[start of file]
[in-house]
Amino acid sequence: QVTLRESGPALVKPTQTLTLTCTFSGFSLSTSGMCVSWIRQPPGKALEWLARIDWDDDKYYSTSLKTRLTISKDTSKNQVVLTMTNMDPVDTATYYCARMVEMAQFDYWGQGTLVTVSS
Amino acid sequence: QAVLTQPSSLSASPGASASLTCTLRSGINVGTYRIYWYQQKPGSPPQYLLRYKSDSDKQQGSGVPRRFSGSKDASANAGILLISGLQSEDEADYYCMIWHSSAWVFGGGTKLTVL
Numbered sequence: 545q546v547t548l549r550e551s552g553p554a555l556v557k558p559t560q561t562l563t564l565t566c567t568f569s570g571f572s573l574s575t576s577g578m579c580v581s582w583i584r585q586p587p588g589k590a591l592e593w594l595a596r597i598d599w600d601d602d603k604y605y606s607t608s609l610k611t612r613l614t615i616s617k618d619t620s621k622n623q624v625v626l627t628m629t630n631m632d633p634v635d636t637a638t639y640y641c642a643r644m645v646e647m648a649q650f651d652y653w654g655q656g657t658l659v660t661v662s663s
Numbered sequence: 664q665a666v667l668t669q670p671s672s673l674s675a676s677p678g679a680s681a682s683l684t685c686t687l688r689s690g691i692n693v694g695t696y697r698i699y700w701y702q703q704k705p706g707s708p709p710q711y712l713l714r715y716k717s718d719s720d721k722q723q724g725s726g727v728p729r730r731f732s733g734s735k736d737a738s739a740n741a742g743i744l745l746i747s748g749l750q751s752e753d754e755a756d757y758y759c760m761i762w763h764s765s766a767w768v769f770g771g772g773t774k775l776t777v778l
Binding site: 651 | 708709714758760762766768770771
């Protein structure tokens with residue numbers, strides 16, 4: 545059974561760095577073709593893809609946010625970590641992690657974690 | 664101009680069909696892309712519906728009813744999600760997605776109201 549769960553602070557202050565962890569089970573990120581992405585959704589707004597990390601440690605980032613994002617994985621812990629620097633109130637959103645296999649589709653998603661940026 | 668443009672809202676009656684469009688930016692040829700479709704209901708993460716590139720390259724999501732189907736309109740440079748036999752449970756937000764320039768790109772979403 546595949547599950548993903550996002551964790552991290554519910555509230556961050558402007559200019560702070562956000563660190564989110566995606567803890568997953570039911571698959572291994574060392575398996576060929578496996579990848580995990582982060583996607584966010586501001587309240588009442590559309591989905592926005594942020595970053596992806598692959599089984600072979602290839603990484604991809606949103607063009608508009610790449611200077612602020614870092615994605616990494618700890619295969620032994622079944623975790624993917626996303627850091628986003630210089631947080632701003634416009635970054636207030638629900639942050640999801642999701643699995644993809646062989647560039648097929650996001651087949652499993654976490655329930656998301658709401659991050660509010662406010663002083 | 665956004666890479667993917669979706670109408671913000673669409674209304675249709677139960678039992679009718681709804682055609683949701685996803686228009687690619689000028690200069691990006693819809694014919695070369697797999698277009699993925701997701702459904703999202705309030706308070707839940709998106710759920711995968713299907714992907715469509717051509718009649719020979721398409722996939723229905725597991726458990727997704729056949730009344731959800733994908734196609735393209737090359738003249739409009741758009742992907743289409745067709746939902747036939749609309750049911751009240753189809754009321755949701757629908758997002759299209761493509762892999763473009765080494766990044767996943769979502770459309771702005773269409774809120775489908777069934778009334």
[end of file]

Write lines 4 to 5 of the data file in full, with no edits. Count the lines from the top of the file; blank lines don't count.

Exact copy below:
Numbered sequence: 545q546v547t548l549r550e551s552g553p554a555l556v557k558p559t560q561t562l563t564l565t566c567t568f569s570g571f572s573l574s575t576s577g578m579c580v581s582w583i584r585q586p587p588g589k590a591l592e593w594l595a596r597i598d599w600d601d602d603k604y605y606s607t608s609l610k611t612r613l614t615i616s617k618d619t620s621k622n623q624v625v626l627t628m629t630n631m632d633p634v635d636t637a638t639y640y641c642a643r644m645v646e647m648a649q650f651d652y653w654g655q656g657t658l659v660t661v662s663s
Numbered sequence: 664q665a666v667l668t669q670p671s672s673l674s675a676s677p678g679a680s681a682s683l684t685c686t687l688r689s690g691i692n693v694g695t696y697r698i699y700w701y702q703q704k705p706g707s708p709p710q711y712l713l714r715y716k717s718d719s720d721k722q723q724g725s726g727v728p729r730r731f732s733g734s735k736d737a738s739a740n741a742g743i744l745l746i747s748g749l750q751s752e753d754e755a756d757y758y759c760m761i762w763h764s765s766a767w768v769f770g771g772g773t774k775l776t777v778l